Tuesday, June 21, 2011

How To Offend a Rishta in Ten Ways

Sometimes when I'm bored I like to come up with hypothetical scenarios and things I could do in them. One of my favourites is the rishta scenario, mostly because you hear about so many daft aunties behaving in socially unacceptable ways to girls and their families when it comes to looking at marriage potentials. Like asking for a girl's height/waist size/weight before meeting her (I like to think that they're cheapskates and are looking for someone who'll fit into the walima dress they have mouldering away in the attic); or making a disgusted just-smelled-some-unexpected-faecal-matter-right-under-my-nose-oh-God-I-think-it's-in-my-mucha-hairs face when the girl walks in (perhaps to aid in negotiations further down the line - her face was an affront to my retinas, I felt physically nauseous when I saw her - I won't pay more that twenty quid mahr, final offer! Desis are born hagglers after all); or making her walk up and down the room so they can properly assess her physique (and possibly her ability to remain ambulatory without limping, dragging her knuckles across the floor, and/or drooling. Not that there's anything wrong with any of that, people are just so superficial these days).

I understand, though, that single British Muslimah sistahz seem to be suffering somewhat from a drought of decent marriage fodder, and offending the ones that do turn up would be irresponsible, immature and probably quite unIslamic. However, fantasizing elaborate scenarios that will never happen is a known analgesic and aids respiratory function (no it's not and it doesn't, I just like making stuff up) and besides, my daydream about winning 3 gold medals at the Olympics is getting quite old and I needed a new story. So here are a few ways you could be as offensive as possible during a rishta meeting:

1. Mid-conversation, give a polite excuse me, then get up and leave. Ideally through a window.

2. If the aunty (or, in fact, the boy) looks disgusted, play along. Make retching noises and really go for it - make them believe that you're struggling to hold your bile down. [Wo]manfully get yourself under control and say something like 'sorry, I just didn't realise faces could look like that'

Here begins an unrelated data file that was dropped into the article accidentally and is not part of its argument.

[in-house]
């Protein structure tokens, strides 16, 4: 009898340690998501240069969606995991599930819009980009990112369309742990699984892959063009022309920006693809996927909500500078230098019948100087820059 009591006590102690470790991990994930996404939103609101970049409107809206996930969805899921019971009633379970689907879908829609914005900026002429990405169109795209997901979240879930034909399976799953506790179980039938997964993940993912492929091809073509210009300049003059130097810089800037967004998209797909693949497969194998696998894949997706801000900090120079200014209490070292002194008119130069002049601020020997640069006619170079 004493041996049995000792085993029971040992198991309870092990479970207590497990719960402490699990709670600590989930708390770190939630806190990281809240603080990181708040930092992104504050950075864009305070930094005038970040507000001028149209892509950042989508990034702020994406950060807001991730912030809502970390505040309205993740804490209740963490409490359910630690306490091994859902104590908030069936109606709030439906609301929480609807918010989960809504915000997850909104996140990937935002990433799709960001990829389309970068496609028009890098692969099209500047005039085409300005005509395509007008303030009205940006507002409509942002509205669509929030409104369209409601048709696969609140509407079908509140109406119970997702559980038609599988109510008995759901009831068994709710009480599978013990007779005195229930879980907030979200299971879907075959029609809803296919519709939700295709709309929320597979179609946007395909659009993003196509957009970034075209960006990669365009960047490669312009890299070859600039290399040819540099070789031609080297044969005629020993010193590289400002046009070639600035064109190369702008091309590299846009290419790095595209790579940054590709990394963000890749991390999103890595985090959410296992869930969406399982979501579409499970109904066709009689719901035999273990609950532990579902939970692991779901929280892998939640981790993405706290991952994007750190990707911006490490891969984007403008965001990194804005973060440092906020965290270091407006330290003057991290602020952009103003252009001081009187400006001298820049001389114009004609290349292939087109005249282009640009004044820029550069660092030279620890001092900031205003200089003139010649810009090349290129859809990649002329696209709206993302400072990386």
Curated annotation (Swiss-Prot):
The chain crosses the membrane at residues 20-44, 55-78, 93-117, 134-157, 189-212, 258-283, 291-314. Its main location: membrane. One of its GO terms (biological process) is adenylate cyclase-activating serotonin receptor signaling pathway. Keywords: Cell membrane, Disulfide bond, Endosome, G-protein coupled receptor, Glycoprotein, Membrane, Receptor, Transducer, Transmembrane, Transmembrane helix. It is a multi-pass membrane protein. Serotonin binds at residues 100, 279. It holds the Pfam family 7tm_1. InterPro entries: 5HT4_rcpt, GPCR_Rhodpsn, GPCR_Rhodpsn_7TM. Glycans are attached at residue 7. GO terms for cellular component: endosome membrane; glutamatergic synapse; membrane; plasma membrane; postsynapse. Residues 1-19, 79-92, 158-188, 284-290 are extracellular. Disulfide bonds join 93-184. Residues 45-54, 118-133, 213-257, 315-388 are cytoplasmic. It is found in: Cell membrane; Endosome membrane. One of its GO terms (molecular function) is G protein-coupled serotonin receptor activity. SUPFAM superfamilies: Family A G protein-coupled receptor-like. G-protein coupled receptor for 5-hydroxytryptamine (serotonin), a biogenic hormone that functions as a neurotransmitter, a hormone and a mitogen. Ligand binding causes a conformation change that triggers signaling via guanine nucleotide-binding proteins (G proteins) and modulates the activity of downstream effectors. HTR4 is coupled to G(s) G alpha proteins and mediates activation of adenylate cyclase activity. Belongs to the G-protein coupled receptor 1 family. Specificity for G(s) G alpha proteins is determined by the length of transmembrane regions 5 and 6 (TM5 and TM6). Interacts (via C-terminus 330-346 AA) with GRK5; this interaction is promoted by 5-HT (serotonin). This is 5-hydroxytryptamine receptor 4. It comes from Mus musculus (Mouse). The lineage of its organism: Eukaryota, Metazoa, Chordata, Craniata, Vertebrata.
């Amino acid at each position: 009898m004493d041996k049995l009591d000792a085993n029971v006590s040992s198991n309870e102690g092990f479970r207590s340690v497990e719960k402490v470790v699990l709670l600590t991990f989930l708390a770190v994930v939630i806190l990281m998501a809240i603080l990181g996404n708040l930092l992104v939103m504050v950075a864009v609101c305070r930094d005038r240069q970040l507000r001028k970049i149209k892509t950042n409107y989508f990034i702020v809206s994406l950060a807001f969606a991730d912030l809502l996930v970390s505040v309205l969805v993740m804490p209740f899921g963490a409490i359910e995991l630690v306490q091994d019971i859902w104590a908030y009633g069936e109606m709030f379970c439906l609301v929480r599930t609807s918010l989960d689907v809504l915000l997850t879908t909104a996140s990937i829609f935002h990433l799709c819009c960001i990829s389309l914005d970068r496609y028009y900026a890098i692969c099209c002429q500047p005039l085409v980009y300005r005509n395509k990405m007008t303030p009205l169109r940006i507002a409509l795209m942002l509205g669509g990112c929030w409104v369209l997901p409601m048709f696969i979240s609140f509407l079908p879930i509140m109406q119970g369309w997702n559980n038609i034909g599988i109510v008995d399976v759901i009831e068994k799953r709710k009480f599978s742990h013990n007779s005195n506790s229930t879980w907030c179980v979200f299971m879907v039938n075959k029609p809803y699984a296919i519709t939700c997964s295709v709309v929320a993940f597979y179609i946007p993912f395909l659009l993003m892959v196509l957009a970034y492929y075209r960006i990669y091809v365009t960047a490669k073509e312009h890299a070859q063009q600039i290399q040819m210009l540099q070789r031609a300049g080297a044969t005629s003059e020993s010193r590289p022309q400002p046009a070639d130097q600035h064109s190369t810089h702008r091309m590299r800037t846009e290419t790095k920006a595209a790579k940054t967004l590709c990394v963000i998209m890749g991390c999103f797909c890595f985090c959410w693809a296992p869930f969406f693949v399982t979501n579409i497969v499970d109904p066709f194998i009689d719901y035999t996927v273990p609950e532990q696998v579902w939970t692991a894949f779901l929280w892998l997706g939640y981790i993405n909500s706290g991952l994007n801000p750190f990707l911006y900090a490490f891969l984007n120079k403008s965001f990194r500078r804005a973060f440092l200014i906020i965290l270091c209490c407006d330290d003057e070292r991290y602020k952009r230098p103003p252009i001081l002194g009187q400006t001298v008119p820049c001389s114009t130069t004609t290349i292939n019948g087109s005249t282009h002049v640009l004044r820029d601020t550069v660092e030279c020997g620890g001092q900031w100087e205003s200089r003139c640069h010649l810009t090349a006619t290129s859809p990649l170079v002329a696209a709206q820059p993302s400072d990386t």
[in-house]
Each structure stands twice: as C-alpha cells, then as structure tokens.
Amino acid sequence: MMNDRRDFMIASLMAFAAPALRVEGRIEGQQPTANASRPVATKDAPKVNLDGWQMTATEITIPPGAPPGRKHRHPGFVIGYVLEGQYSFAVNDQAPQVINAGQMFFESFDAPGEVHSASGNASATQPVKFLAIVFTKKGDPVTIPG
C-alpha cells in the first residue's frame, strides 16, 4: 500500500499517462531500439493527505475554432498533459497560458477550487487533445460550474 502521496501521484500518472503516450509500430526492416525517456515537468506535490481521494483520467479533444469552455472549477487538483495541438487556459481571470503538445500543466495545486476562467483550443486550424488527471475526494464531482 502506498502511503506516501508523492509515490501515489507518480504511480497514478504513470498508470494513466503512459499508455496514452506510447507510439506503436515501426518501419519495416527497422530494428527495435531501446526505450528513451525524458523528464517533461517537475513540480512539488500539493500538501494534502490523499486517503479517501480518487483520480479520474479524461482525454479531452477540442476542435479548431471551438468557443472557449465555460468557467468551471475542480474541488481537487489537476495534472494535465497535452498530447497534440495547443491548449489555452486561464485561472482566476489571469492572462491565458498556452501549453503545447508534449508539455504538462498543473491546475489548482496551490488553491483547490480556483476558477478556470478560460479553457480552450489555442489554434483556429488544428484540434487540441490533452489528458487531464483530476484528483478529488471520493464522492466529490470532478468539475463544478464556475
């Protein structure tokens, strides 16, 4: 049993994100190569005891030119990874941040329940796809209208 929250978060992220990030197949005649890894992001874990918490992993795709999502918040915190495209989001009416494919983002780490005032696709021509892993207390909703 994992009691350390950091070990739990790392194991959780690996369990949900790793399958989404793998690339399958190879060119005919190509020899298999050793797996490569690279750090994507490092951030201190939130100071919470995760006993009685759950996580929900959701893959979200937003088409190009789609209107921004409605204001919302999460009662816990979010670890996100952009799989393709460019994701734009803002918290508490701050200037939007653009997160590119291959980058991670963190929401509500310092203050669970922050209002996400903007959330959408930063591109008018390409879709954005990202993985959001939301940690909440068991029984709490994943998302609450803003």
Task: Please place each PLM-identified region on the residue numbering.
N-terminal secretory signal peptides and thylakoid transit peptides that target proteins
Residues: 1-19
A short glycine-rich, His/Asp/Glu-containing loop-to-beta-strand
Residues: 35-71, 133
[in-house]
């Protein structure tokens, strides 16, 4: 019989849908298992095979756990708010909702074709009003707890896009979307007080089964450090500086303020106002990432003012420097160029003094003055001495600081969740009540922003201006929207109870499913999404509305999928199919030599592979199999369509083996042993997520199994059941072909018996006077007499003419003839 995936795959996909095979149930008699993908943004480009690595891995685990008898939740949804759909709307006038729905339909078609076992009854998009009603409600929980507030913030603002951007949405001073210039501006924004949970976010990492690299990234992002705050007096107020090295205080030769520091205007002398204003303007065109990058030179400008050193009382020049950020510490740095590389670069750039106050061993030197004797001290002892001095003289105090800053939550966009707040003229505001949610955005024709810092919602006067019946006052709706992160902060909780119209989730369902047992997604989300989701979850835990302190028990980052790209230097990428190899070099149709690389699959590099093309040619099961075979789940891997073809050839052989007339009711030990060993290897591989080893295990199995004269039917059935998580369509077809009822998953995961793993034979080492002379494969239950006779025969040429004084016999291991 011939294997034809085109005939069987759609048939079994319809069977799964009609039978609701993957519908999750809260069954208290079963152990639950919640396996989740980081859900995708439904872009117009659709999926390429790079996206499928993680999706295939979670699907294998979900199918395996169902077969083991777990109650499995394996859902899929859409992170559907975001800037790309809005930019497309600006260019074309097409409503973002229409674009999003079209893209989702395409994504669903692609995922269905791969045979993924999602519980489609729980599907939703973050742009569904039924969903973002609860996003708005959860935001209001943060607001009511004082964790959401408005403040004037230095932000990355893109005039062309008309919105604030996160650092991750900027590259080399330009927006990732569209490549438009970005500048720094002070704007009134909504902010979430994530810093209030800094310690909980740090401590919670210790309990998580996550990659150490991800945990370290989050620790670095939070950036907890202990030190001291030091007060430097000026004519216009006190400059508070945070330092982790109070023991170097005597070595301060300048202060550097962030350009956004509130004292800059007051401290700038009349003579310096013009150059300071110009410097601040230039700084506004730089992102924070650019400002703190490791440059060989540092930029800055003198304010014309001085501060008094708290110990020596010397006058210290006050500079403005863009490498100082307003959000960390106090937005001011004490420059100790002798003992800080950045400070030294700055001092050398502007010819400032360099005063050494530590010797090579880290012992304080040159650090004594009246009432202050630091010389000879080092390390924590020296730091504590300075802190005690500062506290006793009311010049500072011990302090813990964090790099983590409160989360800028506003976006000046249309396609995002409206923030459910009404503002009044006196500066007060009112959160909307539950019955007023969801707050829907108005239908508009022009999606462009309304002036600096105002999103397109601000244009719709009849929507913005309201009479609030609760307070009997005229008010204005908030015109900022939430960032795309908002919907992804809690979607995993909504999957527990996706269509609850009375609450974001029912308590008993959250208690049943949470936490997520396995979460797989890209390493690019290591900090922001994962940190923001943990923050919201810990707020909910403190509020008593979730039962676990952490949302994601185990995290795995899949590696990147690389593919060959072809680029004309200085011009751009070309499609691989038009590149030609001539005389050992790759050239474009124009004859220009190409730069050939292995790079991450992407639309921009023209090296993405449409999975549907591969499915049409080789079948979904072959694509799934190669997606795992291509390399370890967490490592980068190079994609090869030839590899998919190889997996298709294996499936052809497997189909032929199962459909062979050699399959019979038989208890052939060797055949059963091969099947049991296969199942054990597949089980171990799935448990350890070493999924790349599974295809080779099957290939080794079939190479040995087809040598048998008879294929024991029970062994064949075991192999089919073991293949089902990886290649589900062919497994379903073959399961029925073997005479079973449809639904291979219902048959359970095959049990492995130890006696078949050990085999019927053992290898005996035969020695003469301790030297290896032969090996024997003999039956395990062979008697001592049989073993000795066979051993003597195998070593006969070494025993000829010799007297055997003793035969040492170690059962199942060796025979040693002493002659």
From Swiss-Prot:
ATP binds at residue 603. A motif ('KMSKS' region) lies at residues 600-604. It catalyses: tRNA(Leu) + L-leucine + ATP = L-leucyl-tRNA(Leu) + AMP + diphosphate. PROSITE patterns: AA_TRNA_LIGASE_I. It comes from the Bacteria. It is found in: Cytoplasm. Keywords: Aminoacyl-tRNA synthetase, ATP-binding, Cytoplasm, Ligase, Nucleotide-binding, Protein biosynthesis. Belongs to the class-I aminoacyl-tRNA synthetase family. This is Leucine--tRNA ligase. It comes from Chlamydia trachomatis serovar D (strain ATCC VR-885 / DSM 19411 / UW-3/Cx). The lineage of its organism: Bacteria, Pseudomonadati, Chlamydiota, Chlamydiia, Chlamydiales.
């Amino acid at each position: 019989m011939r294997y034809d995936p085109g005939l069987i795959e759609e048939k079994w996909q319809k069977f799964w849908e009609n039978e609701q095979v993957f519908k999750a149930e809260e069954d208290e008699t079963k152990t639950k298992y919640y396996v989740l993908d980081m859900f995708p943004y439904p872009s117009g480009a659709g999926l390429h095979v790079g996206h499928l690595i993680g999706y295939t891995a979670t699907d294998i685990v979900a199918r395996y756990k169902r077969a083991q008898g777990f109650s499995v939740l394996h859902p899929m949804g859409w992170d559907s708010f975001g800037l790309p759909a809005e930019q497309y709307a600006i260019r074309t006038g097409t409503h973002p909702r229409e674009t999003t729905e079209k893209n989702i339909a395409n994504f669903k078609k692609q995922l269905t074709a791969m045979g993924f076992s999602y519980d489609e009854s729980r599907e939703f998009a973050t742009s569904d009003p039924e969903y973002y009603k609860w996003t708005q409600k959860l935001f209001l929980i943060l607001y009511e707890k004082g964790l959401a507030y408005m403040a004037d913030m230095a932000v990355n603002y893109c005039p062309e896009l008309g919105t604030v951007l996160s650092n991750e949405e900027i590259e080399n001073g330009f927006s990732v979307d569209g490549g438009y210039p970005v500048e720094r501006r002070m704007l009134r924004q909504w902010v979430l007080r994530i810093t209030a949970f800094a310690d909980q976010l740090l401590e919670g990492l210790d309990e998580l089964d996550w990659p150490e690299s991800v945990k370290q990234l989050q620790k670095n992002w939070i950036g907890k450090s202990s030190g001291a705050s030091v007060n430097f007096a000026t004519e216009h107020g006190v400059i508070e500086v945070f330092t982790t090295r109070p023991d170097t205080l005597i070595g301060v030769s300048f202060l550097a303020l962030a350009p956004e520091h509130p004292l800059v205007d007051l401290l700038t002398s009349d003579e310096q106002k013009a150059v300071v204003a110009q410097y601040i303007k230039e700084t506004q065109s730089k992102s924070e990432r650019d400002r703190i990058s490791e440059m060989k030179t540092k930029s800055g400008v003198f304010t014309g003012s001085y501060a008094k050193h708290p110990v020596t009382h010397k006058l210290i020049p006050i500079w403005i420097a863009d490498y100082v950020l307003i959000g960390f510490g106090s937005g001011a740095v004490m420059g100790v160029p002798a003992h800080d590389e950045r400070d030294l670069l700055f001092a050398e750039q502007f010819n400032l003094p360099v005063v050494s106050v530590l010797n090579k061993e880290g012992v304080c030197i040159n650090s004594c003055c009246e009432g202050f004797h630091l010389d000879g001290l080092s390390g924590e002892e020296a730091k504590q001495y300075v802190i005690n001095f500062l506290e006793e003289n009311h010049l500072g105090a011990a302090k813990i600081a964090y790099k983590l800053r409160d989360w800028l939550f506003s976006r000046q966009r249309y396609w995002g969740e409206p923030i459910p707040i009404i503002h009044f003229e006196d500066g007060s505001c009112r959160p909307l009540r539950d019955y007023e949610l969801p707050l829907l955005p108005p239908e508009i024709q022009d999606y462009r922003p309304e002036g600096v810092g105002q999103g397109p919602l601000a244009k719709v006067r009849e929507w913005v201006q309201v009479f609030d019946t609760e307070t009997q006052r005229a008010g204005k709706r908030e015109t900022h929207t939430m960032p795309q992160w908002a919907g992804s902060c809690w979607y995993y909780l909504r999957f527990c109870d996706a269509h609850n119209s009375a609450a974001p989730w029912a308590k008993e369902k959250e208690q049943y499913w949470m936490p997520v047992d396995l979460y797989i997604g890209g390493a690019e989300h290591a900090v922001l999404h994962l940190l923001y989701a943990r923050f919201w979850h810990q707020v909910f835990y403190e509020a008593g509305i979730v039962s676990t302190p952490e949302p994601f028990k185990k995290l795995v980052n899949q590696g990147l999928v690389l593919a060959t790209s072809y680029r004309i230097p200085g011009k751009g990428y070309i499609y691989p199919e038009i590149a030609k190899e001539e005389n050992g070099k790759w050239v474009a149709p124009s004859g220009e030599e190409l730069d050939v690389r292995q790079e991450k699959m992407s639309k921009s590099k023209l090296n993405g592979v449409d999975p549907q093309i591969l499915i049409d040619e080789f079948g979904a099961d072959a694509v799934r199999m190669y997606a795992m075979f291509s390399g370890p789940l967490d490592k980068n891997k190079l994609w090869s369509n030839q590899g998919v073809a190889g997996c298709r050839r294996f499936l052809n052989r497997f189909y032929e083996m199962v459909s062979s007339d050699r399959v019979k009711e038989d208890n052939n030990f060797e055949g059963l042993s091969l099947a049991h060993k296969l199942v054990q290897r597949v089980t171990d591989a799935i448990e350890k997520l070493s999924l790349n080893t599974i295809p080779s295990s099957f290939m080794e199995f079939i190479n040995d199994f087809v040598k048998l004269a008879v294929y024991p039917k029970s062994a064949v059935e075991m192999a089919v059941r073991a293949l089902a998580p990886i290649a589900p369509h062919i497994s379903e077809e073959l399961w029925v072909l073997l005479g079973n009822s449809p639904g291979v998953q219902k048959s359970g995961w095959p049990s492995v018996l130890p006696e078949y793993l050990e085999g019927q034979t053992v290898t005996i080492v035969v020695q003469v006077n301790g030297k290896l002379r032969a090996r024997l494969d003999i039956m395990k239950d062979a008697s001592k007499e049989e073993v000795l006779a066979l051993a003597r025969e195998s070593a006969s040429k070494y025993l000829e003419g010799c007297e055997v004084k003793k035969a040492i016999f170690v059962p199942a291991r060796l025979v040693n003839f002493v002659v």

3. Alternative to above: 'My eyes! The goggles, they do nothing!'

4. If the aunty asks your measurements, reciprocate. Bring a measuring tape to verify your findings.

5. If the aunty has come to assess you without even bringing the potential along, then lament to her about how hard you have been looking for a decent mother-in-law with a good education, good height and the complexion you desire. Ask her questions about herself. If she mentions her son, turn the conversation back to herself, because it's really the mother-in-law you're looking for, the husband's just a means to an end, right?

6. Talk yourself down - spectacularly. If they ask what you like to do in your spare time, tell them drink and drugs. If they ask what you like to cook, laugh and say that all the beatings you've given your mum have taught her to have food on the table. If they ask about your job, tell them you never actually got a degree and that you just drive your dad's car round all day with the windows down and the music loud. Make sure you deliver all this as sweetly and demurely as possible.

7. If the guy himself is an annoying show off, one-up all his stories. He likes to travel? Well, you've been to all the countries in the world, ever, even the ones that don't have names. Twice. He earns 6 figures? You earn 26. He likes his cars? You own Ferrari. Not a Ferrari, the actual company. He prays 5 times a day? You pray a bazillion and five.

8. If they place a lot of emphasis on looks, place a lot of emphasis on something else, like money. Ask if you can audit their accounts.

9. If (okay, when) the conversation gets boring, tell them you're very sorry but you have to leave urgently for a work thing. Then go outside and play in the back garden. Make sure the room they're in has a good view.

1o. Short and sweet: when the boy walks in, give him a dramatic thumbs down like a roman emperor condemning a gladiator to death.


nEEbz said...

You're one cartoon writer :P

Myalgic Muslimah said...

ROFL, classic! Number 5 is my favourite- I wish I'd tried that! I'm guessing this particular blog post was catharsis to reflect your horror at witnessing (or being the victim of) a terrible rishta gathering.

From my (male) cousins perspective, their worst rishta scenario has been when they've been to a house and a pretty, intelligent, well spoken girl chats to them and seems to have all the right qualities... only to find out that she is not the rishta he's been invited to see, it's actually her sister they're trying to fix him up with who doesn't have those qualities. That's happened more than once. In fact it's happened enough times for me to speculate that some crazy parents probably organise the gathering in that way deliberately- don't ask why!

The other question I cringe at is when they ask about tribe/caste n all that cr@p. I said to my mum we should turn down everyone who even asks that question; that'll narrow things down a bit:P But then my mum said she asks people about caste too (though at least she asks out of curiosity rather than prejudice- at least I hope that's the case!).


Misha said...

I love this post, haha, and esp No.5 as it happens to me all the time,and I get the urge to do the same things. The hijab pants post had me laughing out loud. Great blog, keep the posts coming. :-)

mummyjaan said...

Hehe;, reminds me of 2 rishtas (="aunties") that I DID offend intentionally and sent packing.....
*chuckles to self*

Anonymous said...

I love this post! But why have you abandoned blogging?! :(

Anonymous said...

Teehee these made me giggle